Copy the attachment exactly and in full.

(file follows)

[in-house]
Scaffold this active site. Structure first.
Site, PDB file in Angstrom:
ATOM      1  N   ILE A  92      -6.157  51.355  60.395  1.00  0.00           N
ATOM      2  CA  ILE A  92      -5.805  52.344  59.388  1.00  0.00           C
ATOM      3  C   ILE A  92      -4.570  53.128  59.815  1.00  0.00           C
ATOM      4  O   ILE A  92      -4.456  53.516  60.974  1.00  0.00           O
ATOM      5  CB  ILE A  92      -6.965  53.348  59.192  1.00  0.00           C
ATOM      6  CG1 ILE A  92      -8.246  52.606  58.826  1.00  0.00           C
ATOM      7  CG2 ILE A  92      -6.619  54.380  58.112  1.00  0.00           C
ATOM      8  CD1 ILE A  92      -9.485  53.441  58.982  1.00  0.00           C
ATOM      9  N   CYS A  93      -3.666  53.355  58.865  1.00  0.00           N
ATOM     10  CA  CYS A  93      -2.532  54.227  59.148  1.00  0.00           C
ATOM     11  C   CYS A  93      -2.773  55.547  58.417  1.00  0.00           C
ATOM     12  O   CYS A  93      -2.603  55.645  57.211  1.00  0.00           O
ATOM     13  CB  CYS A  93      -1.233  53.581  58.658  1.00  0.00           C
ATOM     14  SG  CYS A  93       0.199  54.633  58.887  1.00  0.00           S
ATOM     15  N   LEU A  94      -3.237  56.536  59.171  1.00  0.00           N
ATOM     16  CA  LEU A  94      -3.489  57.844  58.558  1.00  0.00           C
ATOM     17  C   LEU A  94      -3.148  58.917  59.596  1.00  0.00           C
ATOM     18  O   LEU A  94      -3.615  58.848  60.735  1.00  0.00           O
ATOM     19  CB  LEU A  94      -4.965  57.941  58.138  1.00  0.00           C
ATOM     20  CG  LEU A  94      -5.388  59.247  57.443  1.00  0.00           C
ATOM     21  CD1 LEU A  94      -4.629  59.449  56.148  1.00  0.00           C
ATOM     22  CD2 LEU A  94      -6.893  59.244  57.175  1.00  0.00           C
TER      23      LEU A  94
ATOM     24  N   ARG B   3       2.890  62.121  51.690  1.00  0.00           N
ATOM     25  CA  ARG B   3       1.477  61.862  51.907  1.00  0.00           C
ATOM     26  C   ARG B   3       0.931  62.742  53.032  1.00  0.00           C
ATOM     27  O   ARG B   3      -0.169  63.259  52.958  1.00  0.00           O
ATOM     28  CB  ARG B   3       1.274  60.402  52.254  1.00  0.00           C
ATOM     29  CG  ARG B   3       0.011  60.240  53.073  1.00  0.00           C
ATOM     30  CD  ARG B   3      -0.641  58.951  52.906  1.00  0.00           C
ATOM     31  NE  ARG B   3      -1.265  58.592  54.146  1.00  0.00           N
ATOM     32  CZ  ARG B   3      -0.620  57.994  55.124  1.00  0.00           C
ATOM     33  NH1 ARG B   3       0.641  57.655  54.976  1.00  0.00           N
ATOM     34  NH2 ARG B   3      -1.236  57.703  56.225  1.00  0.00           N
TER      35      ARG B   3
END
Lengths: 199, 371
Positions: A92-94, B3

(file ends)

[in-house]
Scaffold this active site. Structure first.
Site, PDB file in Angstrom:
ATOM      1  N   ILE A  92      -6.157  51.355  60.395  1.00  0.00           N
ATOM      2  CA  ILE A  92      -5.805  52.344  59.388  1.00  0.00           C
ATOM      3  C   ILE A  92      -4.570  53.128  59.815  1.00  0.00           C
ATOM      4  O   ILE A  92      -4.456  53.516  60.974  1.00  0.00           O
ATOM      5  CB  ILE A  92      -6.965  53.348  59.192  1.00  0.00           C
ATOM      6  CG1 ILE A  92      -8.246  52.606  58.826  1.00  0.00           C
ATOM      7  CG2 ILE A  92      -6.619  54.380  58.112  1.00  0.00           C
ATOM      8  CD1 ILE A  92      -9.485  53.441  58.982  1.00  0.00           C
ATOM      9  N   CYS A  93      -3.666  53.355  58.865  1.00  0.00           N
ATOM     10  CA  CYS A  93      -2.532  54.227  59.148  1.00  0.00           C
ATOM     11  C   CYS A  93      -2.773  55.547  58.417  1.00  0.00           C
ATOM     12  O   CYS A  93      -2.603  55.645  57.211  1.00  0.00           O
ATOM     13  CB  CYS A  93      -1.233  53.581  58.658  1.00  0.00           C
ATOM     14  SG  CYS A  93       0.199  54.633  58.887  1.00  0.00           S
ATOM     15  N   LEU A  94      -3.237  56.536  59.171  1.00  0.00           N
ATOM     16  CA  LEU A  94      -3.489  57.844  58.558  1.00  0.00           C
ATOM     17  C   LEU A  94      -3.148  58.917  59.596  1.00  0.00           C
ATOM     18  O   LEU A  94      -3.615  58.848  60.735  1.00  0.00           O
ATOM     19  CB  LEU A  94      -4.965  57.941  58.138  1.00  0.00           C
ATOM     20  CG  LEU A  94      -5.388  59.247  57.443  1.00  0.00           C
ATOM     21  CD1 LEU A  94      -4.629  59.449  56.148  1.00  0.00           C
ATOM     22  CD2 LEU A  94      -6.893  59.244  57.175  1.00  0.00           C
TER      23      LEU A  94
ATOM     24  N   ARG B   3       2.890  62.121  51.690  1.00  0.00           N
ATOM     25  CA  ARG B   3       1.477  61.862  51.907  1.00  0.00           C
ATOM     26  C   ARG B   3       0.931  62.742  53.032  1.00  0.00           C
ATOM     27  O   ARG B   3      -0.169  63.259  52.958  1.00  0.00           O
ATOM     28  CB  ARG B   3       1.274  60.402  52.254  1.00  0.00           C
ATOM     29  CG  ARG B   3       0.011  60.240  53.073  1.00  0.00           C
ATOM     30  CD  ARG B   3      -0.641  58.951  52.906  1.00  0.00           C
ATOM     31  NE  ARG B   3      -1.265  58.592  54.146  1.00  0.00           N
ATOM     32  CZ  ARG B   3      -0.620  57.994  55.124  1.00  0.00           C
ATOM     33  NH1 ARG B   3       0.641  57.655  54.976  1.00  0.00           N
ATOM     34  NH2 ARG B   3      -1.236  57.703  56.225  1.00  0.00           N
TER      35      ARG B   3
END
Lengths: 199, 371
Positions: A92-94, B3